It happens all the time… you get an email that looks like it’s from a legitimate company, asking you to do something urgently. It may give you a link to sign into a website to verify a shipment or open a file that contains a purchase order that’s been awaiting billing.
Both of these represent common types of phishing attacks meant to do one thing, trick you into downloading some type of malicious script that can compromise your network in any number of ways.
76% of organizations say they’ve experienced a phishing attack in 2017.
Phishing is still the number one form of cyberattack, with 76% of companies reporting attacks just last year and nearly half of them reporting an increase in this type of attack. The average computer user receives at least 16 malicious emails per month, and some more than that.
That’s one reason our Unity IT Email Cybersecurity Team stays busy. We help companies avoid the pain, downtime, and cost of IT intrusions by hackers, scammers, and thieves. We offer a multi-pronged approach that combines employee training, offsite storage, spam control, and state-of-the-art network security applications.
One successful phishing attempt that is clicked by an unsuspecting employee can cause multiple problems for your company. And no business is immune.
Hackers send out about 156 million phishing emails globally every day. About 16 million of them make it through filters and roughly 8 million are opened by users tricked into thinking they’re legitimate.
But you can keep yourself safe by knowing how to identify a phishing attempt and teach your staff to avoid them. Often the person opening the email is the last line of defense, and the most important one, against a potential data breach.
What is Phishing and Why is It Called That?
Phishing is the practice of sending fraudulent emails disguised as being from a reputable source with the intent to gain sensitive information or for other malicious reasons.
Phishing is a homophone of the word “fishing” due to the similar nature of using bait in an attempt to catch prey.
An email purporting to be from your bank using their name, colors, and logo asks you to immediately login to change your password due to some type of breach. When you click the link, the site may even mimic that of your bank. But if you login, you’re actually giving your bank login details to cybercriminals who can then use them to gain access to your bank account.
A famous example of a phishing email that caused a notorious data breach was the one related to the Democratic National Committee (DNC). A malicious script downloaded from a phishing email ended up allowing their server to be hacked.
7 Useful Tips for Identifying a Phishing Email (Before You Click!)
Unity IT helps businesses overcome obstacles every day by delivering solid IT solutions in Fresno, Visalia, Clovis, and Madera, California. But no matter where you’re located, these seven tips just might save you from that next data breach attempt.
1. Hover Before You Click
A favorite trick of phishing email writers is to make a link look legitimate, like “www.yourbank.com/security” so you’ll click without thinking. But if you take a second to simply hover your cursor over the link before clicking, you can see the true URL revealed as a popup. This can immediately alert you to a dangerous link that doesn’t match the text.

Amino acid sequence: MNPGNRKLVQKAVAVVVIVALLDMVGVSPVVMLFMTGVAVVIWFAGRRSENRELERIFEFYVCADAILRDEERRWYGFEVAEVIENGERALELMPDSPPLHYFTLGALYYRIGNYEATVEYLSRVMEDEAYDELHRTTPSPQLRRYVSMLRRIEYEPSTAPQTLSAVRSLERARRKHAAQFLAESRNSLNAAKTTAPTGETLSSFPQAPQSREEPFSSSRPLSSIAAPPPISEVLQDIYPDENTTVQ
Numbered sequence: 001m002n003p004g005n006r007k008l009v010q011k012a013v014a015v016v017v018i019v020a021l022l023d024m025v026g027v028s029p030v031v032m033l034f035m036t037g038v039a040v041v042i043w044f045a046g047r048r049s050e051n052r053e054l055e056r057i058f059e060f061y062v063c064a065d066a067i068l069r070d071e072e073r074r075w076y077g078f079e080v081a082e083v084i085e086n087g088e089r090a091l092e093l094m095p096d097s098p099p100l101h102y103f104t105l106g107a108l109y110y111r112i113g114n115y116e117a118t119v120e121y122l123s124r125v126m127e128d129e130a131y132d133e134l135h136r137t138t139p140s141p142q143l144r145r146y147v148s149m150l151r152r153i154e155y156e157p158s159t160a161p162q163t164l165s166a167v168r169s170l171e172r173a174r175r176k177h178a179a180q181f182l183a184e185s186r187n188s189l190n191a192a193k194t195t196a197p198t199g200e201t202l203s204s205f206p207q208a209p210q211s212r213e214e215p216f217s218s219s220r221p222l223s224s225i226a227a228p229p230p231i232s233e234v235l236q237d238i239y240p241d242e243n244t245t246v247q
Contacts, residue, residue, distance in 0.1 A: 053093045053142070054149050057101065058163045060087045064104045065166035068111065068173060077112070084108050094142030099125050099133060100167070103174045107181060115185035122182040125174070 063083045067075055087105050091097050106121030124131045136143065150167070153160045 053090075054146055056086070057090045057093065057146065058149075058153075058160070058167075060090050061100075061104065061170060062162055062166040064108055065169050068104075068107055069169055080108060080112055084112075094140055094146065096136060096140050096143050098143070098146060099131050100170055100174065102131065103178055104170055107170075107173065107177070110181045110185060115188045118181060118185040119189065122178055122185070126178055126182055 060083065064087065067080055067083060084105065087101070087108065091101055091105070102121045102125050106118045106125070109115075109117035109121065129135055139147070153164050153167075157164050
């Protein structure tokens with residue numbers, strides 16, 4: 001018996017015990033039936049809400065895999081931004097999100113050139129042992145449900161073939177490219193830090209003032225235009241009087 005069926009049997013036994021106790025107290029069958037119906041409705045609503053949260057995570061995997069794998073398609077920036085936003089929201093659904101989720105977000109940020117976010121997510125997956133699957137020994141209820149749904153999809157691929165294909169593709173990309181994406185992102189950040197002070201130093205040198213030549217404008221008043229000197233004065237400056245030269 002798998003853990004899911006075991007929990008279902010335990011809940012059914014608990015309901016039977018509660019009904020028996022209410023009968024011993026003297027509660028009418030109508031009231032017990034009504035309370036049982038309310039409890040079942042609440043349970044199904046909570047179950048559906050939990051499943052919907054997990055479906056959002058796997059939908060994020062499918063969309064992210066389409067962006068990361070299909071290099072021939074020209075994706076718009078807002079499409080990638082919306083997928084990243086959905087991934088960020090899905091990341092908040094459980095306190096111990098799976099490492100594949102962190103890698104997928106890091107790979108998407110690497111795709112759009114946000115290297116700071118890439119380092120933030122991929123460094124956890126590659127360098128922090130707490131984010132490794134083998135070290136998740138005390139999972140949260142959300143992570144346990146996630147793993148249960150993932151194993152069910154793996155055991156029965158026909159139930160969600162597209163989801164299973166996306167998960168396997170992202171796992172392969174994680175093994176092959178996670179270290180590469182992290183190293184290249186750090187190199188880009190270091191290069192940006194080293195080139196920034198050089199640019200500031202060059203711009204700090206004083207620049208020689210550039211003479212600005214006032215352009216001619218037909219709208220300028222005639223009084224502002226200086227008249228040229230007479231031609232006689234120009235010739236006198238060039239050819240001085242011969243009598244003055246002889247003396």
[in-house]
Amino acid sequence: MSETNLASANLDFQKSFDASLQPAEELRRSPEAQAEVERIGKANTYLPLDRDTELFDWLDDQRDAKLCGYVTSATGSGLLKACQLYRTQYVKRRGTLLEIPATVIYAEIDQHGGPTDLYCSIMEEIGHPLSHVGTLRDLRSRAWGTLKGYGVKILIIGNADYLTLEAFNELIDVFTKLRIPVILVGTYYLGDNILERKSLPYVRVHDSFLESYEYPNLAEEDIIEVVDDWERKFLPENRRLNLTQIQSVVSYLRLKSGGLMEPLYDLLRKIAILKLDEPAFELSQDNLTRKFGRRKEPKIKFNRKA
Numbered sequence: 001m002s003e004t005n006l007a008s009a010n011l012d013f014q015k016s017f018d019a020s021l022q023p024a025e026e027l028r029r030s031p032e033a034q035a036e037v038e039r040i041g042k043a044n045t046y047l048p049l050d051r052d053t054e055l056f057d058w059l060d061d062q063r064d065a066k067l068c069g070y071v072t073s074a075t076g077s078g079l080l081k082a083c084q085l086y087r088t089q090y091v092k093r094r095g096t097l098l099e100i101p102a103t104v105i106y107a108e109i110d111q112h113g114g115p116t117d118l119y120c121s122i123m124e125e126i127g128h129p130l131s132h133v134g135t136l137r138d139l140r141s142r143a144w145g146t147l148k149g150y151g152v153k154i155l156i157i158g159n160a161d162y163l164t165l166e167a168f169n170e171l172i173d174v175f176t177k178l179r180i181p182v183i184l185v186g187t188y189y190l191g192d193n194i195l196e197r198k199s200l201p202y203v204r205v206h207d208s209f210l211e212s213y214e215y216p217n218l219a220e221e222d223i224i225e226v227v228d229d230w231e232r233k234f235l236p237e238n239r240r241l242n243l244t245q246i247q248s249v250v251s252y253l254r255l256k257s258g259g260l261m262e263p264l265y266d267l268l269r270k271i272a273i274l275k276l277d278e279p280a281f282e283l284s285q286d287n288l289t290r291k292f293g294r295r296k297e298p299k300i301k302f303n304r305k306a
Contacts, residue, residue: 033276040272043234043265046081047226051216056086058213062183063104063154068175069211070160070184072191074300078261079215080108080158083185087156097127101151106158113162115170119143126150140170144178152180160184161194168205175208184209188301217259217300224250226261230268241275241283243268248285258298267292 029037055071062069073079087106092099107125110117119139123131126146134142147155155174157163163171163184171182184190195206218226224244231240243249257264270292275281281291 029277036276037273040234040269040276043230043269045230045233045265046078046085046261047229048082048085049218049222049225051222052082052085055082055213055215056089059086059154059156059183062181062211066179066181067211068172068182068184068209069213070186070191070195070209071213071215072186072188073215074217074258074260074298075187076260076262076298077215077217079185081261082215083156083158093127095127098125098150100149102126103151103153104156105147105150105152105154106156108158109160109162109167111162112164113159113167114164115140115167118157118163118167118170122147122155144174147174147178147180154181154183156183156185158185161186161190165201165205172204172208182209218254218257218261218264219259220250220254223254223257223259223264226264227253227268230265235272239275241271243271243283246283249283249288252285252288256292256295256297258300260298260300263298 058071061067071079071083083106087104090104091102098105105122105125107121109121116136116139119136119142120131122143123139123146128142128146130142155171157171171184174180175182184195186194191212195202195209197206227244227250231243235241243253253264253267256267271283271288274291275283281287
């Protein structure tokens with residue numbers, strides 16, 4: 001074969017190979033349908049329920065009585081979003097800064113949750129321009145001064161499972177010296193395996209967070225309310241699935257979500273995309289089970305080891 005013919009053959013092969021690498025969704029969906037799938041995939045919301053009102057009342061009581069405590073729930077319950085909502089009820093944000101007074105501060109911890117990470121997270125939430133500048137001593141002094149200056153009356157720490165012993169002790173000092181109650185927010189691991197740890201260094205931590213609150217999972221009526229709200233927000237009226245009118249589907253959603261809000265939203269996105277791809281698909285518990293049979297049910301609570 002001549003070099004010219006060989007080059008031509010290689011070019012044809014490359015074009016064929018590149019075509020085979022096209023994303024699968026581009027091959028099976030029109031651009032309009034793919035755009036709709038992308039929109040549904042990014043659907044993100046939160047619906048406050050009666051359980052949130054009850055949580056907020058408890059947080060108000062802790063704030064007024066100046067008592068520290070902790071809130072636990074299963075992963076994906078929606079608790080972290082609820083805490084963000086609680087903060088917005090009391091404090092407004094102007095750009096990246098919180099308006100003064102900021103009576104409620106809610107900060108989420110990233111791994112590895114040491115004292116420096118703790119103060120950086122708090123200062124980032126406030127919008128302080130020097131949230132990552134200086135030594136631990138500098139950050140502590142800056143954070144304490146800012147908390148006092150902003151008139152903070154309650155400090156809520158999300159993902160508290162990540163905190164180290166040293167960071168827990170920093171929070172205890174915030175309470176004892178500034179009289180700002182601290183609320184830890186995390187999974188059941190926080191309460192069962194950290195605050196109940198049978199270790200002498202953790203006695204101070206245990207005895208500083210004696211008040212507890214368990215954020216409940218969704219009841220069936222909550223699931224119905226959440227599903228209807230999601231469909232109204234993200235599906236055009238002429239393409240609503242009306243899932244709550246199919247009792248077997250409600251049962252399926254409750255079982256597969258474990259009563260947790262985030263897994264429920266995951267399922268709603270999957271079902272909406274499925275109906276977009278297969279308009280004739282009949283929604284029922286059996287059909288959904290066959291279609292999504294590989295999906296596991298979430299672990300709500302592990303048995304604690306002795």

2. Be Suspicious of Urgency
Many phishing emails will try to scare you into clicking their links or downloading an attachment before you have a chance to full process what you’re doing. They’ll use threatening language such as a tax issue that’s going to cost if you don’t act right away or other urgent language. Be doubly suspicious of any emails using these emotional tactics.
3. Question Things Out of the Ordinary
Phishing scammers are very clever, and they may even have your name in the salutation or make an email look like it’s coming from a colleague in your organization. If you’re receiving an email from someone that you don’t expect, or if anything seems a little “off” that’s a huge phishing red flag.
4. Don’t Click Direct Links You Aren’t Sure About
If you get an email from UPS asking you to update your account and you think it might be fake, but aren’t sure. Don’t click the link in the email, and instead open up your browser and go to UPS by typing the site’s name in. That way you’re covered and won’t accidentally end up on a scam look-alike site.
5. Check the Header and Email Address
Many of us have at one time or another received an email from our own address that we know we didn’t send. How does that happen? Phishing scammers often mock an email address, but if you view the header or source in your email program, it reveals the true address the email came from.
6. Bad Spelling and Improper Grammar
A big give away of a fake email is misspellings and poor grammar. While some phishing attempts are more careful than others, many scammers send out hundreds of thousands of emails to different countries and aren’t as careful with how they read, so that’s a huge flag that the email is not legitimate.
7. File Attachment Formats to Avoid
There are certain types of file formats that scammers will hide malicious scripts within, some are more unusual, but others are more well know. It’s a good protocol to use a virus scan on any attachment before it’s opened.
Some of the attachments to avoid opening from an unknown sender are:
- .htm, html
- .doc, docx, docm
- .vbs, vb
Need a Security Training or Email Security Checkup?
How is your IT security system handling phishing threats? Are you sure you’re protected? Unity IT can help!
Get a free security review or set up a staff cybersecurity training today. Just give us a call at 559-297-1007 or contact us online.